Rubén: ‘I think it's more a question of trust.’
He explains: ‘The issue we raise in The New Coastline is incredibly relevant. The threat of flooding concerns us all, but is on the minds of only a few. We imagine ourselves safe because of the dikes, the Delta Works, the Afsluitdijk, you name it. Because we’ve always been able to rely on that.
Gundega adds: ‘The Netherlands is an example for other countries in the field of water management. Always managed to stay in control. The question is for how long.’

Rubén continues: ‘Gundega and I know very well that by taking our pictures we cannot solve the problem. But it is interesting to try to combine images with maps. Or images and a timeline. Or images and infographics. In such a way that the viewer and reader can be stirred or warned. Can take on board what is happening to our country now. The place where we live, and have built a life. That is the big challenge. Our ambition.’

mini think tank

According to Rubén, The New Coastline will at any rate be a collection of images and maps. The form is not yet known. ‘A book, an exhibition or a presentation? We’re still figuring it all out.
The division of roles in the project is established, however. Gundega: ‘Roughly divided up, Rubén is the photographer and I am the researcher and art director. I am not a map-maker, photographer, philosopher or urban planner by profession. But I like to venture into these unfamiliar areas. I add the input I gather from the research in my own artistic way.’

Rubén: ‘It’s a great opportunity, the Fund making it possible to start a project. And to take it to the next level. Images become more valuable when they have layers of content. More context. It is difficult to collect this background on my own, to focus both on the image and on the information. Handling the camera requires all my attention. Now I have the opportunity to work with characters from neighbouring disciplines who, through their skills, are able to give the photos an extra dimension: Gundega and the experts we meet and interview as part of this project. It allows me to start building my own mini think tank. That’s fantastic.’

Photo: Renate Beense
Photo: Renate Beense

digital and analogue

After coffee, Gundega and Rubén continue their exploration of Harderwijk. They end up in a new housing development just outside the centre, built in historic style. To put it mildly, Rubén does not like it: ‘This makes my eyes water. It’s totally fake.’

At the edge of the neighbourhood, there is an undeveloped site where construction will be taking place. Piles are being driven for the foundtions. Rubén climbs a fence and takes pictures of it. Only to find the perfect spot a little further, on a high mountain of sand. Rubén gets settled, and involves Gundega in determining the composition. He is waiting for the right light. Rubén: ‘I press the button when the sun is behind the clouds. It is already beautifully even. But it would be nice if it was even a little flatter. This foreground, that orange band, the water, the little bridge. A little less of the depth of the water. That should be about it.’

Rubén has a Cambo Wide, with digital back panel. Gundega places her tripod on another part of the sand hill. She photographs with Rubén's old analogue Mamiya RB 67, which he once used to shoot the series Chongming Island in Shanghai for his graduation project at the Willem de Kooning Academy in Rotterdam.

Gundega studied at the Design Academy Eindhoven. In her native Latvia, she previously specialized in sculpture and design at the Riga School of Art and Design. About the medium-format camera, she says: ‘My teacher, a sculptor whose assistant I was, had one just like it. I never learned to use it properly at the time. It’s great that Rubén can explain it exactly to me now.’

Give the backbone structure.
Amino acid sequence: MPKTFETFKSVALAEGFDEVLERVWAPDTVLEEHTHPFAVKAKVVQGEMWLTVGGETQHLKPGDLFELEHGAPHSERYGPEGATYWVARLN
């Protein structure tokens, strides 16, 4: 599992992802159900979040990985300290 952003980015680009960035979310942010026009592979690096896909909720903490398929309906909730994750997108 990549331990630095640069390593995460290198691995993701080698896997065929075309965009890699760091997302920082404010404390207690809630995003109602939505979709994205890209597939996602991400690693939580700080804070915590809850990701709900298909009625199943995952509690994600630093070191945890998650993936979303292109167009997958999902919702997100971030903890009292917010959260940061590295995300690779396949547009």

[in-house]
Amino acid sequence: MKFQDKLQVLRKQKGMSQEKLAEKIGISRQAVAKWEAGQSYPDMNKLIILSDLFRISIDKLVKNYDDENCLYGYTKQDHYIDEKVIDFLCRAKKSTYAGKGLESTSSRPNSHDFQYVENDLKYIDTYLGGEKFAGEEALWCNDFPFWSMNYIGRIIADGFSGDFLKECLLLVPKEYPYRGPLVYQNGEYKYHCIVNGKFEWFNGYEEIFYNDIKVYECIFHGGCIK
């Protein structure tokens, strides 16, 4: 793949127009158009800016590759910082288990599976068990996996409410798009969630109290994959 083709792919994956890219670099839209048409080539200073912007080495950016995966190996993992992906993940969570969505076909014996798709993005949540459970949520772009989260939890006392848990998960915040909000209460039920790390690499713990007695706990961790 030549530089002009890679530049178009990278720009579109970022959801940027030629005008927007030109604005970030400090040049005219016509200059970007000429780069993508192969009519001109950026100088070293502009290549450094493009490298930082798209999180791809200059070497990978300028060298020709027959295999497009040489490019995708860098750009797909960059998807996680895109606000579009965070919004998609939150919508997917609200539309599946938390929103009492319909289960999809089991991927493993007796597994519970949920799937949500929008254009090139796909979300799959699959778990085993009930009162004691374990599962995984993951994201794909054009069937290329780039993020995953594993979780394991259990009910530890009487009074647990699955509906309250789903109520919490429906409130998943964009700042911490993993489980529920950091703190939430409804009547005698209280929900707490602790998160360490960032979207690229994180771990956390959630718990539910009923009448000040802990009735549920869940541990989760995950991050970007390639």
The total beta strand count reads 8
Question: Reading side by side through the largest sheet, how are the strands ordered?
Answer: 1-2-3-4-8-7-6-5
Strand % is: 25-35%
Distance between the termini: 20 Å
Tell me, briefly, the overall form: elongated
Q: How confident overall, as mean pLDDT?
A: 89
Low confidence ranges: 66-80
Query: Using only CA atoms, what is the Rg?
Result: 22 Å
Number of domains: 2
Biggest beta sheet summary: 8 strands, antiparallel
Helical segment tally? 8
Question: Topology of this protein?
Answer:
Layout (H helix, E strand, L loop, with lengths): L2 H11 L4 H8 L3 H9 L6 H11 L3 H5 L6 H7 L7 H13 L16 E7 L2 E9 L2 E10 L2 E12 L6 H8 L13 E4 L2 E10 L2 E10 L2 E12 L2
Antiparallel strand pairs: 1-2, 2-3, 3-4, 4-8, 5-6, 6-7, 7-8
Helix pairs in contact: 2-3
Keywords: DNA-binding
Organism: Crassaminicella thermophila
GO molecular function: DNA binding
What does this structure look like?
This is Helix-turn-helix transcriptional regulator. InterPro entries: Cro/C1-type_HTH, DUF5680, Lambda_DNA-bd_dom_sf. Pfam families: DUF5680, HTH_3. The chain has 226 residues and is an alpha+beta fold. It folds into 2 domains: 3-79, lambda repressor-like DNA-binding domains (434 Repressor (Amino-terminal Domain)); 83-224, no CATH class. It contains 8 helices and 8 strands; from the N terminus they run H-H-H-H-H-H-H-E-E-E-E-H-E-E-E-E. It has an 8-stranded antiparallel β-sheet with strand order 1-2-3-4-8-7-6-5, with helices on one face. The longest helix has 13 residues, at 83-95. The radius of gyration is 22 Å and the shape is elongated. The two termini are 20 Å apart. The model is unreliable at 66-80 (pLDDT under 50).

Photo: Renate Beense
Photo: Renate Beense
Photo: Renate Beense
Photo: Renate Beense

staying sharp

Rubén helps Gundega put a roll in the camera. When asked what it’s like to be the senior member of the duo, he answers modestly. ‘It feels weird, to be honest. But it’s also cool and really enjoyable.’

Gundega and Rubén continue to take photos. Because of the sun, Rubén photographs under a sheet. The wind doesn’t make it any easier. After a while, we hear: ‘This is the moment, with these clouds.’

The next day, the single-minded duo will head to the Veluwe. In the coming months, Amersfoort is on the programme as well. And probably Groningen and the Waddenzee.

Photo: Renate Beense
Photo: Renate Beense
The hunt for images, that’s what I enjoy. I’m happy to be experimenting alongside an experienced landscape photographer like Rubén. What he has taught me most of all is to be patient – Gundega Strauberga

Gundega did not have any definite expectations of the project beforehand. She says: ‘I was just looking forward to making this trip, getting on the bike and seeing how it all goes. The hunt for images, that’s what I enjoy. I’m happy to be experimenting alongside an experienced landscape photographer like Rubén. That’s very valuable. What he has taught me most of all is to see the picture with your eyes first. And to be patient.’

She continues: ‘I've never tackled a project in this way before: focusing entirely on something for one or two days during a field study. Enjoyable, but also quite difficult. You have to stay curious and sharp. If you slack off, if your eyes are tired, then you don’t see interesting things anymore.’

Gundega concludes: ‘It is a challenge for me to dive all the way into one subject and calmly go deeper, deeper and deeper. That’s what Rubén has been doing for more than a decade. I want to use the experience I am gaining now for my own practice. I also hope to take courage with me. Being brave enough to approach someone that I think would be perfect to work with. At the moment I still do everything on my own. To achieve the best results, it’s good to invite people who have already done something similar. So that I don’t have to reinvent the wheel. Joining forces. The same is true for The New Coastline. Rubén and I complement each other. The project has benefited greatly from us both.

Text: Iris Stam